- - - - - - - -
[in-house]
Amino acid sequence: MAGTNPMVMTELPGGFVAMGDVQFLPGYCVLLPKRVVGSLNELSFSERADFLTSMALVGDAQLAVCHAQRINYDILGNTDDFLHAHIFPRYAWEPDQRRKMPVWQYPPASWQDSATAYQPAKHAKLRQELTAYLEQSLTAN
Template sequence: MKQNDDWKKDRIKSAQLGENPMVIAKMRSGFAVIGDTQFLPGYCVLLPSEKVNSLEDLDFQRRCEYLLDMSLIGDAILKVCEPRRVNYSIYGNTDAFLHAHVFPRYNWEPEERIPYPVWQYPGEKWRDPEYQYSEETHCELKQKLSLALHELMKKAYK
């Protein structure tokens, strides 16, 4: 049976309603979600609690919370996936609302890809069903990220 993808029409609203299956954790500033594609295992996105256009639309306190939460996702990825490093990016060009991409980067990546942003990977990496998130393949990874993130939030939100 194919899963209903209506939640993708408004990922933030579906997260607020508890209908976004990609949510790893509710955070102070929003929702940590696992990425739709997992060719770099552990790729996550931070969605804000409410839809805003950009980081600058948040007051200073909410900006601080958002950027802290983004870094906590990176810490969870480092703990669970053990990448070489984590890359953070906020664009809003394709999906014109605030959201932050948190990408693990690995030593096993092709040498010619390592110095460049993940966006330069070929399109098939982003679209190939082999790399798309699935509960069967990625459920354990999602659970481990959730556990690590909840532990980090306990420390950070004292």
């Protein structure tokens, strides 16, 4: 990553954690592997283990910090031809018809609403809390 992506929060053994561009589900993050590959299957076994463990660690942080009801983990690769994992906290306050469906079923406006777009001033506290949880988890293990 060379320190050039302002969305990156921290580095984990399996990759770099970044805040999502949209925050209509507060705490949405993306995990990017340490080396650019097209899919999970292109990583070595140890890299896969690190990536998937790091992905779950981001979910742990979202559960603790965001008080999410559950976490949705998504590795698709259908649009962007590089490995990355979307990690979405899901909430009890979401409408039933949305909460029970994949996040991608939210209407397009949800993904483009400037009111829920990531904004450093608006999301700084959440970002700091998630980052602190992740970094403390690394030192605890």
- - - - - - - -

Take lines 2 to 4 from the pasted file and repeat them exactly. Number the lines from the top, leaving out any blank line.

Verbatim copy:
Amino acid sequence: MAGTNPMVMTELPGGFVAMGDVQFLPGYCVLLPKRVVGSLNELSFSERADFLTSMALVGDAQLAVCHAQRINYDILGNTDDFLHAHIFPRYAWEPDQRRKMPVWQYPPASWQDSATAYQPAKHAKLRQELTAYLEQSLTAN
Template sequence: MKQNDDWKKDRIKSAQLGENPMVIAKMRSGFAVIGDTQFLPGYCVLLPSEKVNSLEDLDFQRRCEYLLDMSLIGDAILKVCEPRRVNYSIYGNTDAFLHAHVFPRYNWEPEERIPYPVWQYPGEKWRDPEYQYSEETHCELKQKLSLALHELMKKAYK
């Protein structure tokens, strides 16, 4: 049976309603979600609690919370996936609302890809069903990220 993808029409609203299956954790500033594609295992996105256009639309306190939460996702990825490093990016060009991409980067990546942003990977990496998130393949990874993130939030939100 194919899963209903209506939640993708408004990922933030579906997260607020508890209908976004990609949510790893509710955070102070929003929702940590696992990425739709997992060719770099552990790729996550931070969605804000409410839809805003950009980081600058948040007051200073909410900006601080958002950027802290983004870094906590990176810490969870480092703990669970053990990448070489984590890359953070906020664009809003394709999906014109605030959201932050948190990408693990690995030593096993092709040498010619390592110095460049993940966006330069070929399109098939982003679209190939082999790399798309699935509960069967990625459920354990999602659970481990959730556990690590909840532990980090306990420390950070004292």